In comparison with a fixed price arrangement, such price discrimination provides an advantage for all parties. The owner can reduce her fixed costs by lowering the wages of the waiting staff, and so lower the price of the meal and attract more customers. The servers will not only benefit from a fuller restaurant, but also from the fact that they can earn more than the average service cost by providing superior service to customers willing to pay for it. Together owner and staff obtain a larger slice of the gains from trade. And the diners who do value high quality service know waiting staff have an incentive to deliver it.
The missing ingredient
This is all very rational, but it still does not explain why people tip, and especially why they do so for example on foreign travels, when there is no future reputation to build or protect. Gill speaks of “thinly rational” people who would indeed enjoy a free ride, but believes most of us are “thickly rational”. We care about more than just the content of our wallet, and there are solid, rational reasons for this too.
Economic transactions benefit greatly from mutual trust between the parties, the confidence that the other side is not suddenly going to cheat us. Making a visible, voluntary sacrifice — like a tip — is an effective way of signalling our good and decent nature. Tipping is a pattern of behaviour that is consistent with care and attention for other parties in a transaction, way beyond narrow selfishness. So the entire society benefits from the custom of tipping, as it contributes to a larger collection of social norms that oil its wheels (much like other such customs, like holding doors open for strangers, do).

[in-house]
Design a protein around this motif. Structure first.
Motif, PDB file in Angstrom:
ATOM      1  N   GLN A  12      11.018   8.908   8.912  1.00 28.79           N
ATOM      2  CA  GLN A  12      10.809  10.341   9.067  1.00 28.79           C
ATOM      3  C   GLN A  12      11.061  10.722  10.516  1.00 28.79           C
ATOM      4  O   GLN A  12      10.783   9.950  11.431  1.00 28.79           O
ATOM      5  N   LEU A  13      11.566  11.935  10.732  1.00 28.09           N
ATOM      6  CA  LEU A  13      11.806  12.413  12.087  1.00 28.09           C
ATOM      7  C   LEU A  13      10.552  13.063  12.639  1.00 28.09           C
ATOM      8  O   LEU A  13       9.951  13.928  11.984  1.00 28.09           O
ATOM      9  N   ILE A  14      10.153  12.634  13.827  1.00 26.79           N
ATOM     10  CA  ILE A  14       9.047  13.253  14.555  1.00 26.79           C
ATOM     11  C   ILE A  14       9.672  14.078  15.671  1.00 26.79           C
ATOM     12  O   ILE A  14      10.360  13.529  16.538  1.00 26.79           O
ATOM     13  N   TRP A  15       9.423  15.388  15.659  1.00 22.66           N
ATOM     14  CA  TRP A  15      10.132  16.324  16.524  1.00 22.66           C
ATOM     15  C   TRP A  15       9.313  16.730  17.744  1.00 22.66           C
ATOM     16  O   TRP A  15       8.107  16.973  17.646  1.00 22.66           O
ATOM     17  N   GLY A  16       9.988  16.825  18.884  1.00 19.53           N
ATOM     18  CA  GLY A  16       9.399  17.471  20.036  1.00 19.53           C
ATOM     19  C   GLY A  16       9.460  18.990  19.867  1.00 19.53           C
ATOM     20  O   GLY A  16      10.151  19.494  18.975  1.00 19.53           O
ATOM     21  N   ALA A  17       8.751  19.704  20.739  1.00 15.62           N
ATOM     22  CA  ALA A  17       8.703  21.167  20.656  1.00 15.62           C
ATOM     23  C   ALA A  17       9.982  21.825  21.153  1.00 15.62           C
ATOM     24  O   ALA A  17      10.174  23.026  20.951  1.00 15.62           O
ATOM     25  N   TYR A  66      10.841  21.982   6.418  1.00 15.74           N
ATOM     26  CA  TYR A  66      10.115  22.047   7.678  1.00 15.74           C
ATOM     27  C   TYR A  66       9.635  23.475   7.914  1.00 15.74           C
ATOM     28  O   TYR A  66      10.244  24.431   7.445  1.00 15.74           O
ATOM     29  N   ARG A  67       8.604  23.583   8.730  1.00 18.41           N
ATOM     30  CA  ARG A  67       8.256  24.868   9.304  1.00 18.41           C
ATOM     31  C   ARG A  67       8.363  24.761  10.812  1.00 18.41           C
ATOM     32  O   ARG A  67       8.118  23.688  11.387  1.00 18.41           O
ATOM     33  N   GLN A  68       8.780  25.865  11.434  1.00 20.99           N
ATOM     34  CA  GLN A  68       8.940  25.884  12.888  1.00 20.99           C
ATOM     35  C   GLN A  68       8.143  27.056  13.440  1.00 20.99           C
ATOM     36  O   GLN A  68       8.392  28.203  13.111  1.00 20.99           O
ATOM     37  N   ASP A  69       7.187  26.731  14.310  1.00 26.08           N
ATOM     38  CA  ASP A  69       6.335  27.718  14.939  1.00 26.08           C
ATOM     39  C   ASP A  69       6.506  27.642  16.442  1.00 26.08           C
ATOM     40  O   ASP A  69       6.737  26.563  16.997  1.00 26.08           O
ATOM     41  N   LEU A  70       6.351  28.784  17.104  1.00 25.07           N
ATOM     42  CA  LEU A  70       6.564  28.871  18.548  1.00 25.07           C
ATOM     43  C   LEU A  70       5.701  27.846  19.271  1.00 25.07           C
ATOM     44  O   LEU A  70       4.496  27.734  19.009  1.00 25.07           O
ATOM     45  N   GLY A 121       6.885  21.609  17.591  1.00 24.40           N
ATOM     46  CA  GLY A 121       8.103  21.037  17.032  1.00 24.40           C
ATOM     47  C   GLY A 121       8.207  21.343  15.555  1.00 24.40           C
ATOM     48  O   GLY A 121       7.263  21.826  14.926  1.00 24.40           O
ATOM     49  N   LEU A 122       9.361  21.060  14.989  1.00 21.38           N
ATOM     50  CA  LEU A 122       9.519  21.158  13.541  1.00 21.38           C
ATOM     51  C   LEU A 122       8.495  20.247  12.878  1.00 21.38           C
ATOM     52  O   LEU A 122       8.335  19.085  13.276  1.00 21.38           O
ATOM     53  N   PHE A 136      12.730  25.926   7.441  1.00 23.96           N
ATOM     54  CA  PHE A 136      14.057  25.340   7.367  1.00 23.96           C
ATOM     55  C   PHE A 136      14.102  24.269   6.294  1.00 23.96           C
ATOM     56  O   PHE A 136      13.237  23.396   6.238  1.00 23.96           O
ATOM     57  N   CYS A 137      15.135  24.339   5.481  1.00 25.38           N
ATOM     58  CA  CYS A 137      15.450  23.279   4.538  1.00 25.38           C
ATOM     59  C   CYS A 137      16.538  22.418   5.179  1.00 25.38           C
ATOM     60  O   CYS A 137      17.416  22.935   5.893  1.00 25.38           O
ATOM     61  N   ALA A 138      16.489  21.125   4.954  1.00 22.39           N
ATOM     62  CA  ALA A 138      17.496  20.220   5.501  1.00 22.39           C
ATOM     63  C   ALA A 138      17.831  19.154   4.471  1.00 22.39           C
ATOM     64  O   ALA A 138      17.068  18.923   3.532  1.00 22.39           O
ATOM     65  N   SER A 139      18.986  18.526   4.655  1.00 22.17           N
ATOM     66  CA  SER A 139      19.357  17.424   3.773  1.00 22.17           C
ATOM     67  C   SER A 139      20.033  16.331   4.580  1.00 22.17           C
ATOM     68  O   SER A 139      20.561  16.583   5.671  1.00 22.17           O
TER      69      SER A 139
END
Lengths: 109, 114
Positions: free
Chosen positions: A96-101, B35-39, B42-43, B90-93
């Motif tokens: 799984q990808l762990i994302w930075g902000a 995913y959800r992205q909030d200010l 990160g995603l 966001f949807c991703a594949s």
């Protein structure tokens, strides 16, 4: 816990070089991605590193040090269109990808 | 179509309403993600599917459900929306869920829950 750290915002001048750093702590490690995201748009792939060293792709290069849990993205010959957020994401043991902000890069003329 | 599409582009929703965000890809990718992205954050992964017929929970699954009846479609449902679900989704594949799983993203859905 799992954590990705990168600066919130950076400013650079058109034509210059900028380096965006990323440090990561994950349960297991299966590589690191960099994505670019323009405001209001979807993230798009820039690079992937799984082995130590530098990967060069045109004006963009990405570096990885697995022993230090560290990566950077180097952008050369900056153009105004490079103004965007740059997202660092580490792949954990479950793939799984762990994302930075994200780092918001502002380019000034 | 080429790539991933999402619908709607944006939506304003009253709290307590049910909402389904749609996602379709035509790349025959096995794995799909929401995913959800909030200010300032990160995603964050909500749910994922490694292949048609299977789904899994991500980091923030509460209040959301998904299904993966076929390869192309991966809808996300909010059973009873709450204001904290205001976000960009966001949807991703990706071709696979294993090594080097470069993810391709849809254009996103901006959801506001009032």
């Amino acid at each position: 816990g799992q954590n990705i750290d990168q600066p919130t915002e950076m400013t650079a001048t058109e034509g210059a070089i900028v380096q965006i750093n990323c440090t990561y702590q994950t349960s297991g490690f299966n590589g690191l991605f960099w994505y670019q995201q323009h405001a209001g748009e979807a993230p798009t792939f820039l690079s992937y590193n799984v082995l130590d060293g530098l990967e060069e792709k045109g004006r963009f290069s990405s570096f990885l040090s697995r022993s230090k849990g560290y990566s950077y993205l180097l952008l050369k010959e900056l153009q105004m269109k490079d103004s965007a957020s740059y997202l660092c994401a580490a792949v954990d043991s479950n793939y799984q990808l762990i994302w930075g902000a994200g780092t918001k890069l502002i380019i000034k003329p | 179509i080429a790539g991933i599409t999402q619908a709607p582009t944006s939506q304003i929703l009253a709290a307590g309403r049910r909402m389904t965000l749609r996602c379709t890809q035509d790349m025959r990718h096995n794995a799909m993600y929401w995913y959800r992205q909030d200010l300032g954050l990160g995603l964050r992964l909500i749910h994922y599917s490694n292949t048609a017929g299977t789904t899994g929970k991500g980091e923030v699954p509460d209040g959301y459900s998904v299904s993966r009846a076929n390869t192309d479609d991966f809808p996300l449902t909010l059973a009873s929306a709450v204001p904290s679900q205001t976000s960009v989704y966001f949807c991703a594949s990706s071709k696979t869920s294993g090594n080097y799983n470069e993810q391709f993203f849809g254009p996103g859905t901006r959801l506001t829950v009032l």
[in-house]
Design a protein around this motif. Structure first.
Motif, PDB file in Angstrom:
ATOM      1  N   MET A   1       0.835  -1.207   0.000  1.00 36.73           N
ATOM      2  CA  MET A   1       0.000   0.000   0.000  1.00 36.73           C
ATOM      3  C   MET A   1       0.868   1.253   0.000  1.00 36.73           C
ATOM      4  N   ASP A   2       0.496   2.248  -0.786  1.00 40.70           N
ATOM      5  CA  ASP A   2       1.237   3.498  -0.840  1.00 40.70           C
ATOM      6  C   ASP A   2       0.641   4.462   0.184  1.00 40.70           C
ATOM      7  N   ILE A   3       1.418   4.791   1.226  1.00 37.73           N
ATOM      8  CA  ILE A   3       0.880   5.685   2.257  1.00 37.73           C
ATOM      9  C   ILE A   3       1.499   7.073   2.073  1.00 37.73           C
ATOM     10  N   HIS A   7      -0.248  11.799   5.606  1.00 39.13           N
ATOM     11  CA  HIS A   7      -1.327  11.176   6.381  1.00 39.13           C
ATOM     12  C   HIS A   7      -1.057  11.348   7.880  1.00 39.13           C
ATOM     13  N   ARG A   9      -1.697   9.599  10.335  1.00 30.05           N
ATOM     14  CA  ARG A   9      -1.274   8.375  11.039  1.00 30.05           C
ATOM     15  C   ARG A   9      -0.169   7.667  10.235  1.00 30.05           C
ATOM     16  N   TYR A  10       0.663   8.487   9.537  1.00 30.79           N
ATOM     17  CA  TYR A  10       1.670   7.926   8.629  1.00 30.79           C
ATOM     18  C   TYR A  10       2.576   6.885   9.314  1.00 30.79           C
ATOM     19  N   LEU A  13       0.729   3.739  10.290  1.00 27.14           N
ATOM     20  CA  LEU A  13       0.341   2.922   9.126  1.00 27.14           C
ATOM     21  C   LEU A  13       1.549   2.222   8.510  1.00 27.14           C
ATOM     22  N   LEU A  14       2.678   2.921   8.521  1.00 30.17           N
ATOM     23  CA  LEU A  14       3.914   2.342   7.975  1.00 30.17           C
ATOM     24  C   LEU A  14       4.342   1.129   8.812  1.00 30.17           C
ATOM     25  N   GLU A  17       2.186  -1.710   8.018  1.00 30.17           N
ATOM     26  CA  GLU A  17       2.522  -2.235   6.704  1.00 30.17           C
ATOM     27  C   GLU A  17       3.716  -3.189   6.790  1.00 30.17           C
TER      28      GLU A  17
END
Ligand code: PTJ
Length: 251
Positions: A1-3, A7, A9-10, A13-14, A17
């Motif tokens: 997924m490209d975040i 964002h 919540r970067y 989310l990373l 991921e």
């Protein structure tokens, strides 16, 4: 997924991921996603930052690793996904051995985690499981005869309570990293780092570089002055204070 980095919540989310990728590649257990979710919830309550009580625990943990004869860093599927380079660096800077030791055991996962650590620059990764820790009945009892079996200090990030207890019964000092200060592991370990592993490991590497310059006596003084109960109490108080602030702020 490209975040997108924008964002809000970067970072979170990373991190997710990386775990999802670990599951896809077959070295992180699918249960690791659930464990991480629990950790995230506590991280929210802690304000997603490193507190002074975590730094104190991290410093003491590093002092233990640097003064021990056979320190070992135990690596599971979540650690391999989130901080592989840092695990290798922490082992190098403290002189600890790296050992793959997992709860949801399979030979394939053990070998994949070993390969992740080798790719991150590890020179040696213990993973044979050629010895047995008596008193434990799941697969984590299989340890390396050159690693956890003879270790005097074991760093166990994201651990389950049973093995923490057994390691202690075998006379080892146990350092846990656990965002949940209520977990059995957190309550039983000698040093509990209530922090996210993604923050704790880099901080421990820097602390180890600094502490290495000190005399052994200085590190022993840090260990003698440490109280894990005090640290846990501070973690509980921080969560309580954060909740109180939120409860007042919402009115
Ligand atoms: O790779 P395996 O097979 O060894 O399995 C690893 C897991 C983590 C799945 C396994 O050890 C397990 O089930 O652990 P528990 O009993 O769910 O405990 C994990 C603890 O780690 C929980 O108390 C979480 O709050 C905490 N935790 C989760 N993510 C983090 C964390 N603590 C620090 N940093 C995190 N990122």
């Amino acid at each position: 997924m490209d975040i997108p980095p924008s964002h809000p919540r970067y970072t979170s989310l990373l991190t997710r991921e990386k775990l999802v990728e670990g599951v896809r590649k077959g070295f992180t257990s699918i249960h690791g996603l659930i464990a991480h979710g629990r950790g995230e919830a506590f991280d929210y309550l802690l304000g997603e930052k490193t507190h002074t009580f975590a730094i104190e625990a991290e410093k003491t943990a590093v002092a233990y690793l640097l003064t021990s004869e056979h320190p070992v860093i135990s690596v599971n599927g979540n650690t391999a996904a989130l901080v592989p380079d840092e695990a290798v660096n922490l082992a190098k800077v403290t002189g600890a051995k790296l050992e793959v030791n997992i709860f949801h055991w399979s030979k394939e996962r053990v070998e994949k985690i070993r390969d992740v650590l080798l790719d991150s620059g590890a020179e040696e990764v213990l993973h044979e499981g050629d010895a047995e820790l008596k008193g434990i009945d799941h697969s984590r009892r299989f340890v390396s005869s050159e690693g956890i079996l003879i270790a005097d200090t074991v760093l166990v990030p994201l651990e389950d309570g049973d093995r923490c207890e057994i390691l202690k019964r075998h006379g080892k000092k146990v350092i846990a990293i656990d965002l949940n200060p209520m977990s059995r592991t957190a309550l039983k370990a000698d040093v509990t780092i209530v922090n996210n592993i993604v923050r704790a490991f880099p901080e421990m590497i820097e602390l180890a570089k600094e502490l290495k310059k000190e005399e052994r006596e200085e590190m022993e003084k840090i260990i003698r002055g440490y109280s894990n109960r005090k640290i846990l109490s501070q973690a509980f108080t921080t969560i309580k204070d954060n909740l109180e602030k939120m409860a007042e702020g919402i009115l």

This last justification of tipping on economic grounds stretches far into our human nature, though, and forms a good illustration of how economics and humanity are strongly intertwined. Perhaps it is not surprising that the father of Economics, Adam Smith, not only understood (and explained) very well why specialization and trade leaves everyone better off. He was also acutely aware of the deeper motivations of us humans. “Man naturally desires, not just to be loved, but to be lovely”, he wrote in the Theory of Moral Sentiments.
Maybe the economic constructs to defend tipping that Anthony Gill summarizes are simply a case of post-rationalization. Perhaps the most profound explanation why we tip is simply the fact that we wish to recognize others’ efforts on our behalf, because we want to be lovely people. That is a hard ideal to reach, but leaving a tip for the people who serve us is one small act that brings us a little closer.
Originally published at koenfucius.wordpress.com on May 18, 2018.